Both of our sellers were happy to share their favorite places to shop. Lori says, “Library book sales are my number one source. Often the prices are deeply discounted on the last day of the sale, and you can acquire a large number of books for not very much money – plus you can feel good about supporting the library. I also routinely check Craigslist, where people often sell books low-cost or give them away. You have to be careful going that route, though. A few times I've gone out of my way to pick up a free lot, only to find that the books have been stored in the basement and are hopelessly moldy.”
Though it may seem imprudent to be buying books for the purpose of research - that is, with no immediate intention of reselling them - it's actually the quickest and most cost effective way to gain the experience you'll need, assuming you don't overpay for individual titles. If you take the trouble to develop your instincts, you'll begin to get smarter with your purchases very quickly and also notice that you're putting together and adhering to a set of rules that you may not even have thought about consciously. It's these rules that will help you weed out the 99.9% of books that you don't want to waste your money buying.
Hello-Great article and tips. I want to buy and sell books on Amazon full time. However, I am quite discouraged about a lot of places not wanting us to use our scanners in their stores. Also, I have heard the Amazon seller fees have become so much that it’s hard to make a profit. Is this true? Can you please expound on this? I would greatly appreciate it!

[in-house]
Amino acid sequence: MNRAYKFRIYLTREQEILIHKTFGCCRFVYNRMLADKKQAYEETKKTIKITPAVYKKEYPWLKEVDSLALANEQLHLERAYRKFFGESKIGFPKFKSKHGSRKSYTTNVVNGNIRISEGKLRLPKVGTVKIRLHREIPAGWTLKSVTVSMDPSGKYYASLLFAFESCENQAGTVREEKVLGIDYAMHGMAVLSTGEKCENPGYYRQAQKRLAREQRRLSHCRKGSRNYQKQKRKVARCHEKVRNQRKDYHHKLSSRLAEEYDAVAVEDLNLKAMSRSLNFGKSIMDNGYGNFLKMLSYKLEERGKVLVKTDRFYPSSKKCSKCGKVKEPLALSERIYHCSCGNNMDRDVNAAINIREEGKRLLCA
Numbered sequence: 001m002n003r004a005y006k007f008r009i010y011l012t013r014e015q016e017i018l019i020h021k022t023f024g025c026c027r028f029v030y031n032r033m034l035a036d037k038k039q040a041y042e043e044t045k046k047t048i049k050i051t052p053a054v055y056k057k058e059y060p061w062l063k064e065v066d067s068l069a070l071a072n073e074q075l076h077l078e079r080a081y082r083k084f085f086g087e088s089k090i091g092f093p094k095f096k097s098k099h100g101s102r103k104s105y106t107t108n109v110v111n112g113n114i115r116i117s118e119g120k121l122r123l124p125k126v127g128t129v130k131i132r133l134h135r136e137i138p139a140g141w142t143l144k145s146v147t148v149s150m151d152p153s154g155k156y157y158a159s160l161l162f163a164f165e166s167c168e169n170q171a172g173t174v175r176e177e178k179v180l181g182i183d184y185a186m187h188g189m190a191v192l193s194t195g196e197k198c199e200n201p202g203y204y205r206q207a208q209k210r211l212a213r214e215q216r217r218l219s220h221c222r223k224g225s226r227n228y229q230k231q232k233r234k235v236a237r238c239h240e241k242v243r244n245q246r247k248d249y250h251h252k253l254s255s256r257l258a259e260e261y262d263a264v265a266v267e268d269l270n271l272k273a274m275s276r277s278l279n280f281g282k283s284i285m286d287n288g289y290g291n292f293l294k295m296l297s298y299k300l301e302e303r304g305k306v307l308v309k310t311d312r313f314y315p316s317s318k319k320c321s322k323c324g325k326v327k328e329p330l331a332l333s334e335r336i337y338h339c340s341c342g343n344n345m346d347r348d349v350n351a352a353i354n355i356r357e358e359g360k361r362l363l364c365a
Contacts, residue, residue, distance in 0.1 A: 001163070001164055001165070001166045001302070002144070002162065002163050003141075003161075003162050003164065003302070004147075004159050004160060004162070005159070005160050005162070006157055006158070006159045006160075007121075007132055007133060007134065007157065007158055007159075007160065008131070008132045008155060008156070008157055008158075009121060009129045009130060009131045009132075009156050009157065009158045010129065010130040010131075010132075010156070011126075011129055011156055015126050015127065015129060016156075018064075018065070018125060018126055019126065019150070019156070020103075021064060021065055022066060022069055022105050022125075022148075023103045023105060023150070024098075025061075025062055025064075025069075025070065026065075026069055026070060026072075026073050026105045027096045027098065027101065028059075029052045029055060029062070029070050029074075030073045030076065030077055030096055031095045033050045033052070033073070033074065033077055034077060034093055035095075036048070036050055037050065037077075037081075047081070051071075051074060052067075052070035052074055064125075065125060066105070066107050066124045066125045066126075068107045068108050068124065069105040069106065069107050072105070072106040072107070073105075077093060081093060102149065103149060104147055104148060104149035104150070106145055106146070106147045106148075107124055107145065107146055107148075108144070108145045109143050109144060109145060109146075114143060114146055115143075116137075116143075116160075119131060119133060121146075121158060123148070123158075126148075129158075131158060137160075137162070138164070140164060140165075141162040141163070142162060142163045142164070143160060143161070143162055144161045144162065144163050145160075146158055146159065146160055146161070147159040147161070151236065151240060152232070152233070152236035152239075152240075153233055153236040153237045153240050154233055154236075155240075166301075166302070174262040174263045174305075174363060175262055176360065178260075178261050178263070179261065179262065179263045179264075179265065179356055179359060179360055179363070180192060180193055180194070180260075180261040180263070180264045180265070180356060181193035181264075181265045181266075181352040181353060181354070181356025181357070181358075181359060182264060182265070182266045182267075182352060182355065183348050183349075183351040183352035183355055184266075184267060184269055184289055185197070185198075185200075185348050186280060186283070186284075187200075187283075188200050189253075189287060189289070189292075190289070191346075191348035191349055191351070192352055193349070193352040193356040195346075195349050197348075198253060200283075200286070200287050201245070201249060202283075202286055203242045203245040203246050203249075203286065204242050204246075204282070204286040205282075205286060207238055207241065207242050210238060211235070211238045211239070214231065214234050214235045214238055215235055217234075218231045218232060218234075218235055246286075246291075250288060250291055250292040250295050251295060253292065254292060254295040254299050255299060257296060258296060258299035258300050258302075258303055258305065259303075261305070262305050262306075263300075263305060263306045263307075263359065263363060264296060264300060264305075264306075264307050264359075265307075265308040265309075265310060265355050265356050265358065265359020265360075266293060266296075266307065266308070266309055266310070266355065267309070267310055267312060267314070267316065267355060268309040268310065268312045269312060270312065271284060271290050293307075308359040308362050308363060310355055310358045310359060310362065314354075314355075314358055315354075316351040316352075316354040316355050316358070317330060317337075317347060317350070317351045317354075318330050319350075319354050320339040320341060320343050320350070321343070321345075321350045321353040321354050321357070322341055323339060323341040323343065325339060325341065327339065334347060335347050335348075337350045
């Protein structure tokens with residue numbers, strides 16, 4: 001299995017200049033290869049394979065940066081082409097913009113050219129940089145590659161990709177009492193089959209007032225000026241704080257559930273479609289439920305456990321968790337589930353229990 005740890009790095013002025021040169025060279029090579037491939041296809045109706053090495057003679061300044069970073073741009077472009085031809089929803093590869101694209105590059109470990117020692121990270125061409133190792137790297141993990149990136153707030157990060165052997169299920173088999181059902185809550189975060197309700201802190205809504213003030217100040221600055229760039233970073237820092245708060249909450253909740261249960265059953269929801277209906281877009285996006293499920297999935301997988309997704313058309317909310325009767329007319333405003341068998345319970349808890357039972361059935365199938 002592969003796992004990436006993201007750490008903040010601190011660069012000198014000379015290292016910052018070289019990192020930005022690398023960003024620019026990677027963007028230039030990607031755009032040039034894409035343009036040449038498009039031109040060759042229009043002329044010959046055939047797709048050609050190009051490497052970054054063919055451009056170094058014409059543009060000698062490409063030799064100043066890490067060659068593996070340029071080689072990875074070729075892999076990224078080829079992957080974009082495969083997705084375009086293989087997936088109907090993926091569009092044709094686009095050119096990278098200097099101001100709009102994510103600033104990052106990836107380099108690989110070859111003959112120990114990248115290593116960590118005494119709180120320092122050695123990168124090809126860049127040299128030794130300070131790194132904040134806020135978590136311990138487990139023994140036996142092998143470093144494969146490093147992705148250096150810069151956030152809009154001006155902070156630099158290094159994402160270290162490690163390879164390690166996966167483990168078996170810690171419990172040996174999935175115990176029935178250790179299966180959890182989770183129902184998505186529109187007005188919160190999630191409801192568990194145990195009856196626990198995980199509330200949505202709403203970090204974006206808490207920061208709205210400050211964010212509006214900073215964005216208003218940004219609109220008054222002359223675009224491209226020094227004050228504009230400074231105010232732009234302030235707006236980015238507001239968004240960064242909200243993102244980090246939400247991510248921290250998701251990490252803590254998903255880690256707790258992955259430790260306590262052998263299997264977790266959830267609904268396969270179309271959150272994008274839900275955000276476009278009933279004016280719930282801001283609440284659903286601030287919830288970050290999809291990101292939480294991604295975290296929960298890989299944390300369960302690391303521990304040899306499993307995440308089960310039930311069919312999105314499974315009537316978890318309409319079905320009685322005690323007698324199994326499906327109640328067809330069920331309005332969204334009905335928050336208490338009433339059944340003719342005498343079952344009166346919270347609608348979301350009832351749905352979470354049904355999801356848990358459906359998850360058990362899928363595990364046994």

Be honest about the condition of the book. If there are damaged corners or missing pages, say so. If someone has written in or highlighted huge portions of the book, make that known. If the book has remainder marks (an indication they've been returned to the publisher), mention that, too. Fudging on the condition won't get you more money. When the buyer receives your book and finds it lacking, they'll adjust their offer down, and may even reject your book completely.

Books are heavy items. Most buyers will expect to have their books delivered to them and you need to consider shipping and postage costs when you price your wares. Some websites have standard postal charge (e.g. Amazon). This may not cover the actual shipping costs. So make sure the book sale price is sufficient to cover your outgoings and make a profit for you. Some websites (e.g. eBay) allow you to determine what (if anything) you want to charge for shipping on top of the sale price. You may also be able to specify different costs for tracked delivery compared to standard delivery.


Hey Thomas – yeah it is an interesting idea. You are right that its not as passive as other ideas, but that’s okay. Not everything I am considering has to be passive. Perhaps its only feasible for the average person to build this to a $500 to $1000/mth business. However, maybe that is all someone is looking for. Overall, I agree with you though that it would be difficult (although not impossible) to build this into a full time business.